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NCRPO chief: Metro Manila elections 'heated but not violent'

PREVENTION. NCRPO chief Major General Guillermo Eleazar says the index crime rate is significantly lower. Screenshot from Rappler video

PREVENTION. NCRPO chief Major General Guillermo Eleazar says the index crime rate is significantly lower.

Screenshot from Rappler video

MANILA, Philippines – “Heated but not violent.” 

That’s how National Capital Region Police Office (NCRPO) chief Major General Guillermo Eleazar described the situation during the 2019 election period in Metro Manila. 

In an interview with Rappler, Eleazar said that based on his calculations, the index crime rate during the first 4 months of 2019 was significantly lower by 19% than of the same period in 2018.  

Natapos na tayong 4 months and compared to the same period of last year, bumaba tayo ng 19%,” he said. “Election period na nga pero bumaba pa so relatively, ayos ang peace and order situation natin sa period na ito leading sa election.” 

(We’ve finished with the 4 months and compared to the same period of last year, [index crime] went down by 19%. Election period but the figure went down so relatively, our peace and order situation in the period leading to the election is okay.)  

Index crimes refer to crimes that the PNP considers as “serious” and which occur with “regularity.” (READ: Is your city safe? Understanding PNP crime statistics)

How did this happen? According to Eleazer, the Commission on Elections checkpoints set up in several parts of NCR may have contributed, together with the regional police’s focus on crime prevention.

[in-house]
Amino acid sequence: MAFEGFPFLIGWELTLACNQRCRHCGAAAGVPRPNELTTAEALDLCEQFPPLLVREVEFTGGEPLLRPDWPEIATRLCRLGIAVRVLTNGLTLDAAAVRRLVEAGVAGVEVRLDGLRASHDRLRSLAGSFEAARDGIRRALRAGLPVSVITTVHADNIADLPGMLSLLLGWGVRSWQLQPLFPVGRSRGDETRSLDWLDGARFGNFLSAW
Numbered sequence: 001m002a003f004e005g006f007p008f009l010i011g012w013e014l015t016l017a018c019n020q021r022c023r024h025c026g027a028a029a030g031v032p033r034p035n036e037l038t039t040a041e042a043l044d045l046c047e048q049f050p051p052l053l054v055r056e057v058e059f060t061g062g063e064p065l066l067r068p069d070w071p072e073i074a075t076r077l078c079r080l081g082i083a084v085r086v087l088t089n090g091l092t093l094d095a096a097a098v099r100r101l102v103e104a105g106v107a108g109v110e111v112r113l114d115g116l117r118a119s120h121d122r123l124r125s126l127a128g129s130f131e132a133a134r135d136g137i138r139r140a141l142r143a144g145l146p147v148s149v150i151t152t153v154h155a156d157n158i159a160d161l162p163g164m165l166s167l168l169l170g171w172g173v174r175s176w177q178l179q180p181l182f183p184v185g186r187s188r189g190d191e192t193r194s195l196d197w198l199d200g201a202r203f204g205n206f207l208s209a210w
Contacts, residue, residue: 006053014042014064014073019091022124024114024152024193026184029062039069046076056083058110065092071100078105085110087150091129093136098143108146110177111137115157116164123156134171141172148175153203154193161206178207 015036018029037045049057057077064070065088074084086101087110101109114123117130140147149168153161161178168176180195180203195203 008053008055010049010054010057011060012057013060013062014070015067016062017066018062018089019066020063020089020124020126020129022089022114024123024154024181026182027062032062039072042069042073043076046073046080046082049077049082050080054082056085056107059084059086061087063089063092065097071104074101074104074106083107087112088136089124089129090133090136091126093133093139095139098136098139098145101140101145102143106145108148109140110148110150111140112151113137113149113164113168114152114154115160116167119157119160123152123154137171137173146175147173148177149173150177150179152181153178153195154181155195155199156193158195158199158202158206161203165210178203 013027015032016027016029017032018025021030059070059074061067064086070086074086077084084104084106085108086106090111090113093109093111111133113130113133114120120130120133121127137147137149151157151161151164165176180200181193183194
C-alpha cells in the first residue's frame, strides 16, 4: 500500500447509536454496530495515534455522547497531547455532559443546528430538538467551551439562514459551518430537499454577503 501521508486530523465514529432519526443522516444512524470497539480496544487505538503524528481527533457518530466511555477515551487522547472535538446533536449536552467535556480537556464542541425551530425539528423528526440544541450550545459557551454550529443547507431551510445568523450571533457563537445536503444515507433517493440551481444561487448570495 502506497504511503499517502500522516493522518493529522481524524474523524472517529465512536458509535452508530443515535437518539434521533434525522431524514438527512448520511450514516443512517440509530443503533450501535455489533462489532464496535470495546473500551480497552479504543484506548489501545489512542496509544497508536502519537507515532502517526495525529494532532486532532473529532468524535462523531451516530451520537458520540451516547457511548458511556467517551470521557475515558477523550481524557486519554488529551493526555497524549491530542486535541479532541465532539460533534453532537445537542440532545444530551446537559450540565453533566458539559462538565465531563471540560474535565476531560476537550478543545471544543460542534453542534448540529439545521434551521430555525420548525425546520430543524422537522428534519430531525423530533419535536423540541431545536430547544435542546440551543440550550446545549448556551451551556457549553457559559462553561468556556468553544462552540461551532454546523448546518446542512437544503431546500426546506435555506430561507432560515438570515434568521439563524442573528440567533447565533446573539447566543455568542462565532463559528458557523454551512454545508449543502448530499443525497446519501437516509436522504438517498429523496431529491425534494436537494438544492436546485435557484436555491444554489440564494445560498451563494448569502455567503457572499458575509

“Probably because our police and security forces, may nagbabantay (there are those keeping guard),” he said. “Meron tayong Comelec checkpoints na set-up because anticipate nga na baka may violence kaya nakatutok tayo doon.” 

(We have Comelec checkpoints set-up because we anticipate violence.) 

Seized guns 

Eleazer added that more than 1,500 firearms have been confiscated since the election gun ban started in January 13. It will last until June. (LIST: 2019 election-related bans) 

The seized firearms include those surrendered to the PNP for safekeeping and those from operations, including in checkpoints and implementation of search warrants.  

Wala tayong private armed group [here in Metro Manila] na isa sa mga risk factors sa election but we’ve identified and monitored potential criminal gangs na pwedeng gawing gun-for-hire ang members na pwede magamit ngayong election period,” Eleazar said. 

(We don’t have any private armed group in Metro Manila that can be considered as risk factors in elections but we’ve identified and monitored potential criminal gangs whose members can be gun-for-hire tapped during the election period.)

Violence have been reported elsewhere in the Philippines. According to Comelec, at least 20 people have been killed in election-related incidents while 43 incidents of election violence were nationwide as of May 12. 

Among the 73 victims of these incidents, 20 were killed while 24 were hurt. – Rappler.com

Follow Rappler's full coverage of the 2019 Philippine elections here.

Bookmark this Rappler page for real-time election results.
It will go live as soon as precincts close at 6 pm Monday, May 13.

Jodesz Gavilan

Jodesz Gavilan is a writer and researcher for Rappler and its investigative arm, Newsbreak. She covers human rights and also hosts the weekly podcast Newsbreak: Beyond the Stories. She joined Rappler in 2014 after obtaining her journalism degree from the University of the Philippines.

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